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Extensive study finds dam removal heals Maple River, near Pellston

UMBS students in the Maple River taking samples as part of the dam removal research project that spanned from 2012 to 2021.
University of Michigan Biological Station
UMBS students in the Maple River taking samples as part of the dam removal research project that spanned from 2012 to 2021.

After an Emmet County dam was removed in 2019, researchers from the University of Michigan say the river it blocked was able to restore itself.

A recently published study from the school’s biological station in Pellston looked at chemical, physical and biological data collected over nearly a decade as the Lake Kathleen Dam was removed from the Maple River.

The dam was built in 1884 as part of a hydroelectric plant. In 2014, it nearly failed due to high water levels and was finally dismantled in 2019.

Researchers identically sampled the Maple River’s chemistry and ecology annually at five sites from 2012 to 2021. They found while water discharge increased seven-fold in the immediate aftermath, the river returned to its normal flow after about two years.

“The river recovered from that moving of sediment and heavy groundwork that was going on,” said research leader Paul Moore of Bowling Green State University. “And now going forward, it looks absolutely gorgeous, it's a beautiful connected stream now.”

After the dam was removed, the chemistry of the river was also altered. Students at the biological station noticed an increase of erosion due to more water flow as the lake disappeared, likely causing an increase in ammonia, phosphate and silica, and a drop in pH.

The study also paid attention to macroinvertebrates communities — tiny insects with huge roles in maintaining the ecosystem.

Species like crayfish or caddis flies increased dramatically in the upstream sites and water filterers like mussels or clams had a large increase at sites closest to the dam. Both are likely thanks to new algal growth in the streambed.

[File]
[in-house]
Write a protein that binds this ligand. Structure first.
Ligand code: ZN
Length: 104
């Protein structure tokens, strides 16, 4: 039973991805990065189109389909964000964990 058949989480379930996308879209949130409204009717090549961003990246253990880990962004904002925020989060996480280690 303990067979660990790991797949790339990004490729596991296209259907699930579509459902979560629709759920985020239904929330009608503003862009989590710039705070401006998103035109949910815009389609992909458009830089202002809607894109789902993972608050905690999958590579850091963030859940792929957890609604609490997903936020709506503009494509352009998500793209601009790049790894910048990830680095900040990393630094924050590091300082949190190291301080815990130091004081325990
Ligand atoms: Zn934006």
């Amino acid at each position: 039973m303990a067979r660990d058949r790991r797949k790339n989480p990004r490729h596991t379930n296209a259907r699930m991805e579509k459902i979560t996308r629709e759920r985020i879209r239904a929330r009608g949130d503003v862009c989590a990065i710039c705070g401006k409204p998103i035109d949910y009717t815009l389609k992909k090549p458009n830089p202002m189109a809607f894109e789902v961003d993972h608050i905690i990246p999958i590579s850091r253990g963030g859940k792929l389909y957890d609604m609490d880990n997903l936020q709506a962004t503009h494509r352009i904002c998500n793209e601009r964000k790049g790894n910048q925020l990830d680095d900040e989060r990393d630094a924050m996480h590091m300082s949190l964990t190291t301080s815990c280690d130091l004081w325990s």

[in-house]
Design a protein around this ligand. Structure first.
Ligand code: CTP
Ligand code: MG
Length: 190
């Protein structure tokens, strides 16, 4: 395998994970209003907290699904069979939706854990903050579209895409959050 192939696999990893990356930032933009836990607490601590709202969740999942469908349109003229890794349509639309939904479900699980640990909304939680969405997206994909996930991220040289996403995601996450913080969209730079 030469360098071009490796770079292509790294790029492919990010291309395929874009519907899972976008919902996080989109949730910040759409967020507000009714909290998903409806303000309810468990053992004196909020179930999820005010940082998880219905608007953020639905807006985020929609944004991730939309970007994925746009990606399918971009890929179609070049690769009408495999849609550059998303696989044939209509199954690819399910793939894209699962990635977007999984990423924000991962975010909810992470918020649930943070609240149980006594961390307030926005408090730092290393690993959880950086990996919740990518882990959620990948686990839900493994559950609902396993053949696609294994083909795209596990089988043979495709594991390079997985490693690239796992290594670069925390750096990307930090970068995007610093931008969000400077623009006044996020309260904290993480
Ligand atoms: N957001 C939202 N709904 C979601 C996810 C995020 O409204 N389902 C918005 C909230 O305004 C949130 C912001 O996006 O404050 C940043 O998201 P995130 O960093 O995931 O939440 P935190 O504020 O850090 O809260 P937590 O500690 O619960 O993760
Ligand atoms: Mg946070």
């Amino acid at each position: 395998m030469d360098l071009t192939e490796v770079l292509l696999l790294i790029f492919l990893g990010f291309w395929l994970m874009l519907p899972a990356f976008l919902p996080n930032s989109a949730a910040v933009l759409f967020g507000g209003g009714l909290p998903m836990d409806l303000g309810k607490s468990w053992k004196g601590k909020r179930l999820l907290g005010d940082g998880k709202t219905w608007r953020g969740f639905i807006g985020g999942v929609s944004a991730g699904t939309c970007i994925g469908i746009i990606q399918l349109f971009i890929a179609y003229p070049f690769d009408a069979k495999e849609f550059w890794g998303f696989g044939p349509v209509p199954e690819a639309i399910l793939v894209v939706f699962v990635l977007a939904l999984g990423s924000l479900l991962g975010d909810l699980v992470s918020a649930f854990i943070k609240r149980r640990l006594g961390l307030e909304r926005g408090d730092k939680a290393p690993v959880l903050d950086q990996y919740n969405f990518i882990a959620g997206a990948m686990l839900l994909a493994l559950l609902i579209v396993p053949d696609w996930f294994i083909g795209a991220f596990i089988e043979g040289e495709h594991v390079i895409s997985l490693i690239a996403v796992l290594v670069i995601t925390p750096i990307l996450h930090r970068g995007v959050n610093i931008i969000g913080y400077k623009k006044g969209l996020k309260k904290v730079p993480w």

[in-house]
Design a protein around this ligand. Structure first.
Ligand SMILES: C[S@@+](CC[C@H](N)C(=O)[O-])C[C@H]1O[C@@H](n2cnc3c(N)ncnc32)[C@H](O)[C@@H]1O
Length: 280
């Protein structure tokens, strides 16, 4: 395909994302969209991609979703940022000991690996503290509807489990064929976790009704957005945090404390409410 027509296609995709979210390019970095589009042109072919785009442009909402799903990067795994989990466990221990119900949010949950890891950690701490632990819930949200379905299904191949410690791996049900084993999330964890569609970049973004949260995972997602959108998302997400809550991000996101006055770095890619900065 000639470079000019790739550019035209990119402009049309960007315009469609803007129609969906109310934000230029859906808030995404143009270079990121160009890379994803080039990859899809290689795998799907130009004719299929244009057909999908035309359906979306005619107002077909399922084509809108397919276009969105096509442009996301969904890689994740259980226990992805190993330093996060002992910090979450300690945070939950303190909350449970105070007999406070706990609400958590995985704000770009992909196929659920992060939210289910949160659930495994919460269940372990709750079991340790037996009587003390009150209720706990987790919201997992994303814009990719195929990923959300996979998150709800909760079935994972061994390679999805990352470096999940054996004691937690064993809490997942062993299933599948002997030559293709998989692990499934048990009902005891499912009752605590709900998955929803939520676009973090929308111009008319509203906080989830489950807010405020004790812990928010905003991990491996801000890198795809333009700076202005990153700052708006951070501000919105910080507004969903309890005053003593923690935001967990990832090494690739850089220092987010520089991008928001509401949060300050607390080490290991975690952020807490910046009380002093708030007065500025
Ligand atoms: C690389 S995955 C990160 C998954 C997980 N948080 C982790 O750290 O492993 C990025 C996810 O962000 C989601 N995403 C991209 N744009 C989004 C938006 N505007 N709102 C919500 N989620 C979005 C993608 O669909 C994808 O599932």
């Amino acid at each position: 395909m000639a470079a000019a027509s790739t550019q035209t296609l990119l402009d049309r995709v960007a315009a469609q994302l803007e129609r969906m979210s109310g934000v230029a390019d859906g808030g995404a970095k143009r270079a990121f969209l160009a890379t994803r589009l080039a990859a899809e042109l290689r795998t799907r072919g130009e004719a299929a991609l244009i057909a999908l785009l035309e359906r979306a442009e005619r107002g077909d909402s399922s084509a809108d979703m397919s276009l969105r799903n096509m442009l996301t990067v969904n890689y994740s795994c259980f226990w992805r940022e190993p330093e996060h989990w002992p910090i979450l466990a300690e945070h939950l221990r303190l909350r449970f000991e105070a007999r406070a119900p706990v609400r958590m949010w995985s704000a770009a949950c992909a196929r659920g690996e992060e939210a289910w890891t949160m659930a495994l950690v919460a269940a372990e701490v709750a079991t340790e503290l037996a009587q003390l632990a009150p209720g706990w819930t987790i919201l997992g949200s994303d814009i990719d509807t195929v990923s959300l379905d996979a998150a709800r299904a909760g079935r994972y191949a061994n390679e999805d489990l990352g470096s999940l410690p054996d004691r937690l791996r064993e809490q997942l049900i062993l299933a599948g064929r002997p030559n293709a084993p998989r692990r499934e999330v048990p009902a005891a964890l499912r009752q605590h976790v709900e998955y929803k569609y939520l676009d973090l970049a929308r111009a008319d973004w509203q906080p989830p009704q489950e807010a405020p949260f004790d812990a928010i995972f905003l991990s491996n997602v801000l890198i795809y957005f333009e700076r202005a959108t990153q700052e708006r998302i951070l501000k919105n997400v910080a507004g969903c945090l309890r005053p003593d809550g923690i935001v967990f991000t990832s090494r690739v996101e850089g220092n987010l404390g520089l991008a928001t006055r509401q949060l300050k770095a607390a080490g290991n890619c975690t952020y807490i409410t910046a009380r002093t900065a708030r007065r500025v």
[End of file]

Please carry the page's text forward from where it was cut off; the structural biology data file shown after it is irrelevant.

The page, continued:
Moore said the smooth deconstruction of the Lake Kathleen Dam also helped maintain the ecosystems.

“If somebody stuck a knife in your leg, there'd be this big open gash. If it's not healed correctly, it's gonna take a long time to recover,” Moore said. “But this group went out with really heavy equipment, moving lots of concrete and lots of sand and lost material. They did it beautifully, like a doctor sewing you up so you recover a lot faster.”

The study comes as dam removal gains popularity around the state. Research points to most dams as being harmful to rivers by blocking migratory fish and warming the waters.

Multiple dam failures, like the ones that damaged communities in Midland and Gladwin Counties in 2020, have raised concerns for their age.

The state has a handful of other high-hazard dams, some of which are located in Northern Michigan. These include the Buttermilk Creek Detention Dam in Ottawa County, Cornwall Creek Dam in Cheboygan County, the Manistique Papers Dam in Schoolcraft County, and the Little Black River Structure B in Cheboygan County.

Energy officials say many dams cost too much to operate. Consumers Energy announced it’s exploring selling its 13 hydropower dams earlier this year.

As a result, the state and federal governments set aside tens of millions to fund removal projects in the last few years.

Moore said his team’s study is the first of its kind and could inform residents, land managers and local governments across the country.

“About a decade ago, you could claim that 99 percent of all the rivers in North America had dams at some point … What you're doing is slicing these rivers up and making them smaller,” Moore said. "As you make rivers smaller, they have the potential for the whole ecosystem to go extinct… but by connecting rivers, you restore it to its full glory.

“I would be a really strong advocate of removing dams to connect streams together, because that's the natural system. And that's what these organisms need to thrive.”

The study appears in the journal “Science of the Total Environment.” Moore says research will continue with specific studies on how fish and plant life were affected.

Copyright 2023 Interlochen Public Radio. To see more, visit Interlochen Public Radio.

Michael Livingston reports for IPR from the tip-of-the-mitt – mainly covering Cheboygan, Charlevoix, Emmet and Otsego counties.